California’s Republicans and Democrats agree that income inequality is worsening in the United States, but disagree on the problem’s causes and what to do about it, according to a new brief by the University of California, Berkeley’s Institute of Governmental Studies.
According to a review of 2014 polling by an IGS team published on the institute’s website today (Monday, August 17), the two parties are in accord that declining manufacturing in the United States, a failure of public schools to prepare students to succeed in the modern economy and the need for a college degree to land a well-paid job are key factors in the widening income gap.
Meanwhile, disagreement between Republicans and Democrats begins with how much the problem can be attributed to immigration, government regulation and taxes on businesses and the wealthy.
‘System is rigged’
Most Democrats say the American economic system is unfair, while Republicans disagree that the system unfairly favors the wealthy. “A majority of Californians feels the system is rigged,” says the IGS brief, noting 62.5 percent of all those surveyed expressed that opinion.
More Republicans than Democrats view immigration as worsening income inequality, while substantially more Democrats than Republicans see the wealthy not paying enough taxes as a key contributor to the problem.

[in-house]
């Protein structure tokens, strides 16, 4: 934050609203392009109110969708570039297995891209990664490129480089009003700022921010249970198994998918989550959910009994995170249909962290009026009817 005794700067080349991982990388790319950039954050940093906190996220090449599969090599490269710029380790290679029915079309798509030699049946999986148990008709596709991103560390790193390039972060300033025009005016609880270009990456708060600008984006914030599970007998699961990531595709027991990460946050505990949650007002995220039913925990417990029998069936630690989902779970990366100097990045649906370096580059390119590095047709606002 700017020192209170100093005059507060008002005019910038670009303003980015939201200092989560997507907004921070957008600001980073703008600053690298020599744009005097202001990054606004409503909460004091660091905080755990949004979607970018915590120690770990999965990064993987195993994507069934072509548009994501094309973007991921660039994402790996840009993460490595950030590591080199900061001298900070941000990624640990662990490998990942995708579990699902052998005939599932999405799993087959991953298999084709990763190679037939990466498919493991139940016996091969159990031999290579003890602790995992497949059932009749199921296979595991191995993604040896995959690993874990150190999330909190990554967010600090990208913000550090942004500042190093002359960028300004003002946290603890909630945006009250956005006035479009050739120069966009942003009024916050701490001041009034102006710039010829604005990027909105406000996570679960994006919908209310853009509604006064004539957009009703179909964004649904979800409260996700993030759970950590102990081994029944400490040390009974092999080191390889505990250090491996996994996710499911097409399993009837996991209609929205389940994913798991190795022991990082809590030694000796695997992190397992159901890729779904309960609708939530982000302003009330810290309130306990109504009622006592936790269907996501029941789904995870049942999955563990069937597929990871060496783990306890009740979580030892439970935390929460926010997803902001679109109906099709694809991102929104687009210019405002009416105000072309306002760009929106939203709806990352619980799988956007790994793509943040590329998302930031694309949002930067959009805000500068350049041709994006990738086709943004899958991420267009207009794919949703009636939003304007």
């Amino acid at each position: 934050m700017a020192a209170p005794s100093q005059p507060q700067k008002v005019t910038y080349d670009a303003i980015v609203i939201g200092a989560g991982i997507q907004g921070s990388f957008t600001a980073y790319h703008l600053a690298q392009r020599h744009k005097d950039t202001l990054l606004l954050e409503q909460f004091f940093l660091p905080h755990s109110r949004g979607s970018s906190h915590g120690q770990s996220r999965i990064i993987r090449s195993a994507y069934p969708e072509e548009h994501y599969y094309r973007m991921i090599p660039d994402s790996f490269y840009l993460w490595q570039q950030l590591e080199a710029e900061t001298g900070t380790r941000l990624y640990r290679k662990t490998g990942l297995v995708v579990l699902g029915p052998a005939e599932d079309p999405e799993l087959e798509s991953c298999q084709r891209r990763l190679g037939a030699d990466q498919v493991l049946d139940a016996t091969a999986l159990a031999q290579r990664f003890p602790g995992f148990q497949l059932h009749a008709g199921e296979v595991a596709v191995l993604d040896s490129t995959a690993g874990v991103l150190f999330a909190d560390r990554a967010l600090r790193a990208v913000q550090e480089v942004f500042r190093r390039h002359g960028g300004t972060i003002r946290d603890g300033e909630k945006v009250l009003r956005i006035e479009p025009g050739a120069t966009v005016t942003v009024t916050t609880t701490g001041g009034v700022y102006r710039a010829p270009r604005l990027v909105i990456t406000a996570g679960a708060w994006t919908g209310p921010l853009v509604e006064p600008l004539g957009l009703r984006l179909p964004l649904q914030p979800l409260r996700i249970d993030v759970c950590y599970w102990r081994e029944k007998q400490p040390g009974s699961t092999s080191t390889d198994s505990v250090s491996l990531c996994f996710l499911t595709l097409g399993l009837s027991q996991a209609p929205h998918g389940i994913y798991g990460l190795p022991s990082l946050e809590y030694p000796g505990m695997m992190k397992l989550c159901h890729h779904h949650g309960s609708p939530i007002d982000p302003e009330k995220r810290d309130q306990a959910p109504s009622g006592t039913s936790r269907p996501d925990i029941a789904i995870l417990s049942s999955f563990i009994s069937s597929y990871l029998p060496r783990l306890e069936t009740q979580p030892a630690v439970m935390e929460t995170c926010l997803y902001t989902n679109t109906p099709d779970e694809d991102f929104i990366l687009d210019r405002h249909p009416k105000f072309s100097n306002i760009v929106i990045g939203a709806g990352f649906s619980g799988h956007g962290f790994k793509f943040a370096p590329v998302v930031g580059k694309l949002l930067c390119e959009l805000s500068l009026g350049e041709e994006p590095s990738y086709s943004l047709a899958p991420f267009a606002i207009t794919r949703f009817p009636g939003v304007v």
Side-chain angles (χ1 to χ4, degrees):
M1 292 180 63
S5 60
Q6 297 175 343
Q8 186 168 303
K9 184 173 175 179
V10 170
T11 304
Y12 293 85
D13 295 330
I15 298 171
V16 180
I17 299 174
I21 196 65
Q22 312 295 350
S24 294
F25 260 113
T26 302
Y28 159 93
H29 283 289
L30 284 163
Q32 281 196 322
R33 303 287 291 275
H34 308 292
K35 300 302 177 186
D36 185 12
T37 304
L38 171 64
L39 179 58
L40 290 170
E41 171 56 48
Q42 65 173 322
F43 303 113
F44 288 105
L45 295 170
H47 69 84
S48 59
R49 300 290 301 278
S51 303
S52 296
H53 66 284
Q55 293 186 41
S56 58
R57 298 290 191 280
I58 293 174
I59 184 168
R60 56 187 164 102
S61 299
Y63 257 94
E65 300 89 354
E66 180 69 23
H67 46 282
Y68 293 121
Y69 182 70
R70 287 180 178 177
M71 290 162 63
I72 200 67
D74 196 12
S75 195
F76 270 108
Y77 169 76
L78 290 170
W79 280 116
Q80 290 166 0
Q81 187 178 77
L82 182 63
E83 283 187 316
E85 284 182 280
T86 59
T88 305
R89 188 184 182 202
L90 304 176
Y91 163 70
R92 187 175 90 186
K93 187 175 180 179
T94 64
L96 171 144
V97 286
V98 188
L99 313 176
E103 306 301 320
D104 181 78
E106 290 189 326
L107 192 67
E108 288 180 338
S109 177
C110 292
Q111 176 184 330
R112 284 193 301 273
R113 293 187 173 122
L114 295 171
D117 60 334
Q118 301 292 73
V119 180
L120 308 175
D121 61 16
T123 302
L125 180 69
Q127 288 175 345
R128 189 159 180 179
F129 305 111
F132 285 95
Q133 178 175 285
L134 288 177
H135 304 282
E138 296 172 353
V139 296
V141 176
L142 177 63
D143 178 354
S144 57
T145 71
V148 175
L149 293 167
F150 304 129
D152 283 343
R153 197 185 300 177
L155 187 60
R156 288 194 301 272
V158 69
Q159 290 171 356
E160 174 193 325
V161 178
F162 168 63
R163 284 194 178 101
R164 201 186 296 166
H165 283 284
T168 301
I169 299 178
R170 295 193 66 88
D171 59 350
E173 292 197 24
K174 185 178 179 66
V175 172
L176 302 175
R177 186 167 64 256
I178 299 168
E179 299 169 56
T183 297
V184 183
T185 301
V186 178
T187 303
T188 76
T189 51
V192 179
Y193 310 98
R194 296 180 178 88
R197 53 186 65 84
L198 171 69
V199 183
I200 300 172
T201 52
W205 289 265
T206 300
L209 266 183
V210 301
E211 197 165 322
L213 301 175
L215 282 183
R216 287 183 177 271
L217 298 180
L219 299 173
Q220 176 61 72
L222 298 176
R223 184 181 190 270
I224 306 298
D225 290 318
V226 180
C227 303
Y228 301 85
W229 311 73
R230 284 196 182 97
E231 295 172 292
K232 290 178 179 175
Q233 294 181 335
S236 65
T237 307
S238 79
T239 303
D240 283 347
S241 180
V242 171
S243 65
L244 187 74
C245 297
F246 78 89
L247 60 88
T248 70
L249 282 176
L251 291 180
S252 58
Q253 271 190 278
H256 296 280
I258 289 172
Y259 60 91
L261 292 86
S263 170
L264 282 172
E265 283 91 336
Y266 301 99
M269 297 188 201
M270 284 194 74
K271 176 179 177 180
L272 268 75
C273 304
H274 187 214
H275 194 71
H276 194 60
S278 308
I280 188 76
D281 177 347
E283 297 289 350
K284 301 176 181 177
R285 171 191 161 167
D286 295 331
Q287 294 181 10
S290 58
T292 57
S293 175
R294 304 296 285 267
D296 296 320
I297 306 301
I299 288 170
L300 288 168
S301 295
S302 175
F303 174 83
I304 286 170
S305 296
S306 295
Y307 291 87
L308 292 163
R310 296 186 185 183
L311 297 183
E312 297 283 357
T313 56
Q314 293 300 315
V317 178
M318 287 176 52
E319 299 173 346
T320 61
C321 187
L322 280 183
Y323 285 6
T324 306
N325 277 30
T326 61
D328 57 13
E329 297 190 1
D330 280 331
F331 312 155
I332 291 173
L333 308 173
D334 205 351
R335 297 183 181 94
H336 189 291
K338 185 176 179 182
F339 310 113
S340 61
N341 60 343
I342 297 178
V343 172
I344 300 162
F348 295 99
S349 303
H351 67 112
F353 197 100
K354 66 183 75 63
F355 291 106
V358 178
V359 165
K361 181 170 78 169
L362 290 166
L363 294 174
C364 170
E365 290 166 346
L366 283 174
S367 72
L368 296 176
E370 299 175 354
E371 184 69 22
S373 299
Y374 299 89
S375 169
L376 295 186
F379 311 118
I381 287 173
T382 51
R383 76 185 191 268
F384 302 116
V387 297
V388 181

The biggest split between parties comes in answer to polling on whether to tax the total wealth of those with more than $1 million in financial assets, with 64.3 percent of Democrats favoring the idea and 51.4 percent of Republicans opposing it.
“Despite these differences in opinion across party lines about the causes of inequality, some consensus exists as to real policies that could be enacted to reduce inequality,” the brief says. The researchers found that more than 55 percent of Democrats and Republicans support a policy to give more preference to immigrants with the educational attainment and skills most needed in the American economy.
The IGS team — comprised of Berkeley political science professors Gabriel Lenz and Laura Stoker, IGS associate director Ethan Rarick, Ph.D. candidate in political science Douglas Ahler and undergraduate political science major Beckett Kelly — said the IGS public opinion polling supplements abundant data on economic trends and provides a clearer explanation of the partisan dispute around possible policy solutions to economic inequality.
The polling involved online surveys of 3,232 respondents between July 8 and July 13, 2014.